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State approves $585M plan to clean up Bethpage groundwater contamination

Groundwater pollution from the Grumman and U.S. Navy

Groundwater pollution from the Grumman and U.S. Navy site caused Bethpage Water District drinking water wells to close in 1976. Credit: Newsday/Steve Pfost

New York State will move forward with its $585 million plan to stop the spread of groundwater pollution in Bethpage and clean it up using two dozen wells pumping and treating millions of gallons of water each day, state officials said.

The Department of Environmental Conservation's plan, approved Friday by state regulators, comes over the objections of Northrop Grumman and the U.S. Navy, who both are considered “potentially responsible parties” for the groundwater contamination.

After reviewing more than 200 comments from Bethpage residents, Nassau water districts and the parties responsible for Long Island's largest groundwater plume, the state's final plan maintains that the network of pumps, treatment systems and recharge basins are necessary to prevent the pollution from reaching additional drinking water wells. Cleanup of the contamination to reach drinking water standards is projected to take 110 years. 

Full report by Newsday on Scribd

"The plan is both feasible and would effectively stop the further spread of contaminants and ultimately, over time, reduce the contamination within the aquifer," DEC Commissioner Basil Seggos said in an interview. "This is a major milestone in this many decadeslong effort to hold Grumman and the Navy accountable."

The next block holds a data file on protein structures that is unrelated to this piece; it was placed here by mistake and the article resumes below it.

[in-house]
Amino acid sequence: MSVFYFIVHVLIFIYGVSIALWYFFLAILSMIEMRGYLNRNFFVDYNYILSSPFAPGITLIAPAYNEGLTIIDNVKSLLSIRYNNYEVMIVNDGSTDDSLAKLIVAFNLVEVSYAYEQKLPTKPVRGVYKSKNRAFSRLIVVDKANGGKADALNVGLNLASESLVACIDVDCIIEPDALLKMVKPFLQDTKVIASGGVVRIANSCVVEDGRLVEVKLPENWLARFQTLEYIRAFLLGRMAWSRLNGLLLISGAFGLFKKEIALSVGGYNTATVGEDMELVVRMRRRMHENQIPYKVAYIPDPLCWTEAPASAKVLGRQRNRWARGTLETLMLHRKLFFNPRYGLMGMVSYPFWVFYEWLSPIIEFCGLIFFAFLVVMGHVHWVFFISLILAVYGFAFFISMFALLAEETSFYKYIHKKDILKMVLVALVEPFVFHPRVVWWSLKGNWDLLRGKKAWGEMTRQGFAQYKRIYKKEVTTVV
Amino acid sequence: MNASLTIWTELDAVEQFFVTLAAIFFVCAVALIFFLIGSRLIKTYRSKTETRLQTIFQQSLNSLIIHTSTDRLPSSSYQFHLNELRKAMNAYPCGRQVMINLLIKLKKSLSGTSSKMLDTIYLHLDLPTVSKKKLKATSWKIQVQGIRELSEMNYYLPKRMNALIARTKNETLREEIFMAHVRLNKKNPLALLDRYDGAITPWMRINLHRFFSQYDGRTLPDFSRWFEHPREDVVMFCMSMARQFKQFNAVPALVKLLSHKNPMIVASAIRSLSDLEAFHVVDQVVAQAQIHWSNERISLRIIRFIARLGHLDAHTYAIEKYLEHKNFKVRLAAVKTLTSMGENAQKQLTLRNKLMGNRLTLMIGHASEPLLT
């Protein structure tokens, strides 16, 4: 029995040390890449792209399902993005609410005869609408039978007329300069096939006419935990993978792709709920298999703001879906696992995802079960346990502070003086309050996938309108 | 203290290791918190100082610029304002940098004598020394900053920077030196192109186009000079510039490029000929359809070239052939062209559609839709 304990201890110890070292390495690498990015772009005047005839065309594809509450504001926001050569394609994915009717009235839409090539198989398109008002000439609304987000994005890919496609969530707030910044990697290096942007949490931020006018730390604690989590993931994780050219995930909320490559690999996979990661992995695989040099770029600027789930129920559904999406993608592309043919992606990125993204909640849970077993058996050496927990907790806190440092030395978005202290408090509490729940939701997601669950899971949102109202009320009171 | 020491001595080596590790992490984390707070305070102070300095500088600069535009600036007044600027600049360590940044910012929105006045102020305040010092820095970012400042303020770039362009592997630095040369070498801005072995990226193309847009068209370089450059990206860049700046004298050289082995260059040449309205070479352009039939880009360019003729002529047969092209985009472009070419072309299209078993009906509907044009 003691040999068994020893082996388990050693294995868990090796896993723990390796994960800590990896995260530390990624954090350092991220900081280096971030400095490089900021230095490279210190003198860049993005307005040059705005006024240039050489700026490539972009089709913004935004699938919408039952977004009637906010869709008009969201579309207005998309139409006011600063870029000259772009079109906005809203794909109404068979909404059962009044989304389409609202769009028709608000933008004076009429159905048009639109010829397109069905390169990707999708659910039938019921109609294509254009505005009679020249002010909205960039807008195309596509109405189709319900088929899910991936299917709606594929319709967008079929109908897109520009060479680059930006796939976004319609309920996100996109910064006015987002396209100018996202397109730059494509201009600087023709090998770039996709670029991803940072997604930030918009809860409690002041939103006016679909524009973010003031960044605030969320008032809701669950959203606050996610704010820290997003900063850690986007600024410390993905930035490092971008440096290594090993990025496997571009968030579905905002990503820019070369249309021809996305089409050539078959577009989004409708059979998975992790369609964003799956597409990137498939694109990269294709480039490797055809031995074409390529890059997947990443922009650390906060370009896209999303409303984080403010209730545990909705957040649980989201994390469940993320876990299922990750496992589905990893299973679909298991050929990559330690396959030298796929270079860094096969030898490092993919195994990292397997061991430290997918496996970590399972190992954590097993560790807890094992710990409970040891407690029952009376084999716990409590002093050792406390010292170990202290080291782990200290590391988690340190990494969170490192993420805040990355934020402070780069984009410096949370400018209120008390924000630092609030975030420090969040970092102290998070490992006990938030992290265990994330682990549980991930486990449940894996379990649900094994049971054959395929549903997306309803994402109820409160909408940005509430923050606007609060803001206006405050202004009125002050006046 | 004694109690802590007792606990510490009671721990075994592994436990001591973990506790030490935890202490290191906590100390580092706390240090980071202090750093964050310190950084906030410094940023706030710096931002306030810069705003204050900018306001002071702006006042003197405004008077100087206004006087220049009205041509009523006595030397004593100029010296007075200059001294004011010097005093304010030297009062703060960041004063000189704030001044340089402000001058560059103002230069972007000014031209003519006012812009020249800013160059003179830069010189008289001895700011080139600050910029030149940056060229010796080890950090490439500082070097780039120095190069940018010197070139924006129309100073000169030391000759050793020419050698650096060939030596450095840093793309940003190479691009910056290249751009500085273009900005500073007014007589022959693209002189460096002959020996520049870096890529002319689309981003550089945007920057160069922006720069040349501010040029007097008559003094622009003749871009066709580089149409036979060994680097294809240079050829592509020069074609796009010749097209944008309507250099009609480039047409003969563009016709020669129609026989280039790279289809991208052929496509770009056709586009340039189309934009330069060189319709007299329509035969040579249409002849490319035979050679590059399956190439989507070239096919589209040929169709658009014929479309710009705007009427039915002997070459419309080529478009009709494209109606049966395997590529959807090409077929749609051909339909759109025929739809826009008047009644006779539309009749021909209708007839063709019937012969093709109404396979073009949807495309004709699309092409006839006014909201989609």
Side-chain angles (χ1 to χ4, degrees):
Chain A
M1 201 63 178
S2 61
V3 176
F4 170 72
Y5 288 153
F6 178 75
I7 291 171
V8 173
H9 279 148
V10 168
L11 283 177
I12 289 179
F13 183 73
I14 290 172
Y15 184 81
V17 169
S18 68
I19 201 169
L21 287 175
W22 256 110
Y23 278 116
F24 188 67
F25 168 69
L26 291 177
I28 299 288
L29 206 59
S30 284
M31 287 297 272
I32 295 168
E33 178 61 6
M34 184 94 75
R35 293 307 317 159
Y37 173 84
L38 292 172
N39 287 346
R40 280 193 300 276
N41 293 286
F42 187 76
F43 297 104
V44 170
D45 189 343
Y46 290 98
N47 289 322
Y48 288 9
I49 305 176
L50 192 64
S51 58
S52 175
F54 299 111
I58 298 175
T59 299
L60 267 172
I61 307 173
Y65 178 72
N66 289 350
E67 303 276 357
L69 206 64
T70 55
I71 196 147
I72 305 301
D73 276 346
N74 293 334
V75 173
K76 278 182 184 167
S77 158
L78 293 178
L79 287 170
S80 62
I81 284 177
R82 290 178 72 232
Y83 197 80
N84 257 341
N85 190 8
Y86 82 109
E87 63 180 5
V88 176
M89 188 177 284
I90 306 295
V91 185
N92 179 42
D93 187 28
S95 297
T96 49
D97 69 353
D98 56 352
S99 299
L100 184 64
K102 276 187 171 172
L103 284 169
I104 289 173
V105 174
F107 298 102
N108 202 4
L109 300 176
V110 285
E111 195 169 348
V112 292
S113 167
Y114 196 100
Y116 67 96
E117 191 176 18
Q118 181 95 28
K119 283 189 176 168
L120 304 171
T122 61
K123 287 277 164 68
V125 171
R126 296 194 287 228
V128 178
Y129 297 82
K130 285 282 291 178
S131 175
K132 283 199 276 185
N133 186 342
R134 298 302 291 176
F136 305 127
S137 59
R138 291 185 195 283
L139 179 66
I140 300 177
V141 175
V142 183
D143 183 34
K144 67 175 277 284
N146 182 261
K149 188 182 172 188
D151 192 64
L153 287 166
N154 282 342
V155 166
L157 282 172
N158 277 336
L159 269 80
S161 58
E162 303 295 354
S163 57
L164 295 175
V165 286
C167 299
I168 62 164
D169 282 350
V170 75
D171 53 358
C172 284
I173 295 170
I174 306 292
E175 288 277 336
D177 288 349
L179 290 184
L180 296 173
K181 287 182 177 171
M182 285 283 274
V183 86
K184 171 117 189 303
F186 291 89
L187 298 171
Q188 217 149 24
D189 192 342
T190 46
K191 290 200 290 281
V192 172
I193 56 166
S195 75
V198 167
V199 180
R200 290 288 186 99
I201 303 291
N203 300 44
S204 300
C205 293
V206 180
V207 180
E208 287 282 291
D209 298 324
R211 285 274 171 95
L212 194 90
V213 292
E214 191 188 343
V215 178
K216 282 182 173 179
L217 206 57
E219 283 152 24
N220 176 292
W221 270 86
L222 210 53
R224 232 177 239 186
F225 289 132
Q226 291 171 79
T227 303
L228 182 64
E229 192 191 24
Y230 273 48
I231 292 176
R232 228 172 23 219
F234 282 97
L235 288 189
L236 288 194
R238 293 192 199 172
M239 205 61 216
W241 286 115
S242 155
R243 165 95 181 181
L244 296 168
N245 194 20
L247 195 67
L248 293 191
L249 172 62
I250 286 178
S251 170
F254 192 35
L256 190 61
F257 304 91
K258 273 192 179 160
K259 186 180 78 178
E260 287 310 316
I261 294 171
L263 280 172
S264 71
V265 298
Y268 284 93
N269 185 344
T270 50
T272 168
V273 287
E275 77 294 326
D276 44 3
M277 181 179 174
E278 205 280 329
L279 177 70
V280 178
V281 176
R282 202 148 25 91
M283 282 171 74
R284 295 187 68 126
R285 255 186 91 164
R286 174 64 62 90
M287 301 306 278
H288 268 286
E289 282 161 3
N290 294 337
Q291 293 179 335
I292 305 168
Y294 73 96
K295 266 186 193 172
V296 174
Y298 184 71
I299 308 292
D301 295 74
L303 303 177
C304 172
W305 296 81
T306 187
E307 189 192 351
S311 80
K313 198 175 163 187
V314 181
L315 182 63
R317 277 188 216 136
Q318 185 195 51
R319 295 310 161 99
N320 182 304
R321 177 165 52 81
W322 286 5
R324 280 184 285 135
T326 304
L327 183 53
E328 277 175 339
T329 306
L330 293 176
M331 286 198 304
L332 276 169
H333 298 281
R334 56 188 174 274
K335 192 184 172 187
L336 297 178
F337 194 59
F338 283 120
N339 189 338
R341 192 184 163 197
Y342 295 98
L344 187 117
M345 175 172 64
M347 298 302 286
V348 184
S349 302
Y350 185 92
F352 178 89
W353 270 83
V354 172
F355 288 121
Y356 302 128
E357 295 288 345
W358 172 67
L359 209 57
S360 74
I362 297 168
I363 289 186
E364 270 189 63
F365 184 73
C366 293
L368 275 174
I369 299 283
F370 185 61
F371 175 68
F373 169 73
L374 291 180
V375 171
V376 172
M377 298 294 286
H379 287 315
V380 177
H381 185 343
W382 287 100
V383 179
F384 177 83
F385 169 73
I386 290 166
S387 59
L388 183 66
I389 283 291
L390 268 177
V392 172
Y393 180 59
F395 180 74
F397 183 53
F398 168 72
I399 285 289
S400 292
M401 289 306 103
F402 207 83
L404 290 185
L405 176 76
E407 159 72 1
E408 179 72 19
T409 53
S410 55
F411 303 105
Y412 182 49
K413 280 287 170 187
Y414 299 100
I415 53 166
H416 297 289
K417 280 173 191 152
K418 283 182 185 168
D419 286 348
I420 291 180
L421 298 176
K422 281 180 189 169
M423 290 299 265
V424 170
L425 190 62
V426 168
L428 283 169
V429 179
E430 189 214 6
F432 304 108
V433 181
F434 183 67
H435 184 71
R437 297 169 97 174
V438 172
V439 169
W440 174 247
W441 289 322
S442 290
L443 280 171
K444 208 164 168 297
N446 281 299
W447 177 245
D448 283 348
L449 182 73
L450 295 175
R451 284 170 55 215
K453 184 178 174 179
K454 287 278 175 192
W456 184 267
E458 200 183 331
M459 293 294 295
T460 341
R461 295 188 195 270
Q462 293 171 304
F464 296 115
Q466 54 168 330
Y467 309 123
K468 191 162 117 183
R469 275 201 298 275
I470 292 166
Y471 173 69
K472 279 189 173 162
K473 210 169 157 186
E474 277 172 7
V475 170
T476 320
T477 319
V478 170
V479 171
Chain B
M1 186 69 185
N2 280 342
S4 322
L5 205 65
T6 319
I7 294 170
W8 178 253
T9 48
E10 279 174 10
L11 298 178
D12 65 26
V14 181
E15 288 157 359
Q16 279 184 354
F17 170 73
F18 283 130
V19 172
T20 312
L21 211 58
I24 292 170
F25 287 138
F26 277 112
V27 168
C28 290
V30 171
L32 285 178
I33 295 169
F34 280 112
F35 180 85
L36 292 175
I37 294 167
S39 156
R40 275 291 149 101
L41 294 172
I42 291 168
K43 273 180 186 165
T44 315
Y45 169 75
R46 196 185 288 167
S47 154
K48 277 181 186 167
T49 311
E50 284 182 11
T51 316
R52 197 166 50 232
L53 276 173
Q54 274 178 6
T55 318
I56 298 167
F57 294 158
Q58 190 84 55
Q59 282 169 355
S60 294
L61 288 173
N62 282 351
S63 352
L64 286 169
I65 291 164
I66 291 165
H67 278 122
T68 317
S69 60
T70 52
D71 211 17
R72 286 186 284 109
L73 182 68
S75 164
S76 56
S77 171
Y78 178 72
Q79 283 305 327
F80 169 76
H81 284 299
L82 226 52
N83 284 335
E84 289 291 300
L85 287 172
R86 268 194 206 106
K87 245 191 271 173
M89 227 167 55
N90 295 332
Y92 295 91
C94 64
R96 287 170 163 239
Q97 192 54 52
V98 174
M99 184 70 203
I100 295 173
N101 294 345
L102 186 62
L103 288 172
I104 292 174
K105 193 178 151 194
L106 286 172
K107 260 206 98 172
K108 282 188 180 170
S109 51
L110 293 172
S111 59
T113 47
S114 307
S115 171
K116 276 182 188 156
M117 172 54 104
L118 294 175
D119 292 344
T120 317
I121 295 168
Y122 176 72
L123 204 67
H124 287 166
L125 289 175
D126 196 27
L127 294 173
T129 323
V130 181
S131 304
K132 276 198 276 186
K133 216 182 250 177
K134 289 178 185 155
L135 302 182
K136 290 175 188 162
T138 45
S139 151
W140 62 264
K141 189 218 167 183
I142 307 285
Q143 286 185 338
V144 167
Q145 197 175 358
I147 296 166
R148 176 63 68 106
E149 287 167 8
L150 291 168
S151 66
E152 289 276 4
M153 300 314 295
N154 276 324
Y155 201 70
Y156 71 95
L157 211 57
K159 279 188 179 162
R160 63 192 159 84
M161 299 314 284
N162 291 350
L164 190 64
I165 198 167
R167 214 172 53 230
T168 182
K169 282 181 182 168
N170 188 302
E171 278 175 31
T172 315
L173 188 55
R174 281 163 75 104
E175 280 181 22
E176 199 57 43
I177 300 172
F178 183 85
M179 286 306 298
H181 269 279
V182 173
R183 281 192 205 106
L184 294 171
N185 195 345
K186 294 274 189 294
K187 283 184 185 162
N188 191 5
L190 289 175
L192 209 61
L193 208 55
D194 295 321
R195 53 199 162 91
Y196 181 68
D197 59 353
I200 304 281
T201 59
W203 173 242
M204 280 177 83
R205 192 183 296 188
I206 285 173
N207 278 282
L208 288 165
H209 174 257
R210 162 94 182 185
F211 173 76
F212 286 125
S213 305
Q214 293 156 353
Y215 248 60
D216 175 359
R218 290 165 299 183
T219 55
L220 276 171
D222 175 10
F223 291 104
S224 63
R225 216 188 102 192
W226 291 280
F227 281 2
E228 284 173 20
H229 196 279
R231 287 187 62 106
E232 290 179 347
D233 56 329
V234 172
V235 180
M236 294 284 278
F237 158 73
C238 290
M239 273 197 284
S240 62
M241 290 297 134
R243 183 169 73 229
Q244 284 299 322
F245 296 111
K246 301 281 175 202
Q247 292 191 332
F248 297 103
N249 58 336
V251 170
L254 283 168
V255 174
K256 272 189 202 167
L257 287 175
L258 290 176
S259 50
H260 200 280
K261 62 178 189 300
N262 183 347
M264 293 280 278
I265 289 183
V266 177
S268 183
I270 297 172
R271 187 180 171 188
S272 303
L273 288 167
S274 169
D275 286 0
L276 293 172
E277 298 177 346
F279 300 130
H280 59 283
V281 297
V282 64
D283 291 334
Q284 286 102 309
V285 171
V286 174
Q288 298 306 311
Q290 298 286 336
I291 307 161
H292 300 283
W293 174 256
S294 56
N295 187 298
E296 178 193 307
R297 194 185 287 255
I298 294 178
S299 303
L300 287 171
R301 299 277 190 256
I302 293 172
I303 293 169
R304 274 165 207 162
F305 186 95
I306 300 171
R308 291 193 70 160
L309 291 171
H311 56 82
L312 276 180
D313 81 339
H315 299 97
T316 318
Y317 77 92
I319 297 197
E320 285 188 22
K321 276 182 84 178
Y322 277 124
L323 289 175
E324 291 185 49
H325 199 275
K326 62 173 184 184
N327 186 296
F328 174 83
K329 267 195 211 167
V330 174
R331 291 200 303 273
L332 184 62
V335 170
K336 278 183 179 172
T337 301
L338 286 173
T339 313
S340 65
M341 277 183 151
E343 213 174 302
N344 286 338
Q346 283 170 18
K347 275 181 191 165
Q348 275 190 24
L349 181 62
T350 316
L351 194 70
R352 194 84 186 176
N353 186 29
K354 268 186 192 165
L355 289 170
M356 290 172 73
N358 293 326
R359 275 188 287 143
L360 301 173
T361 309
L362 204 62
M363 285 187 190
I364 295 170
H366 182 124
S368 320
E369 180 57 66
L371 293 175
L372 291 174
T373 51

The Navy and Northrop Grumman would not comment on the plan Friday. A Navy spokesman said he had not seen it.

Virginia-based Northrop Grumman in August called the cleanup proposal "unnecessary, infeasible, and impractical" and requested that it be withdrawn. The Navy, in September, said the proposal "fails to adequately assess whether the cost of the proposed remedy is proportional to the overall effectiveness."

The cleanup estimate includes construction costs and 30 years of operation and maintenance expenses. More than 250,000 people are in the path of the groundwater pollution.

Northrop Grumman and the Navy previously accused the state of not basing its plan on science, pointing to past positions by the DEC that full cleanup and containment wasn't possible or necessary to protect residents.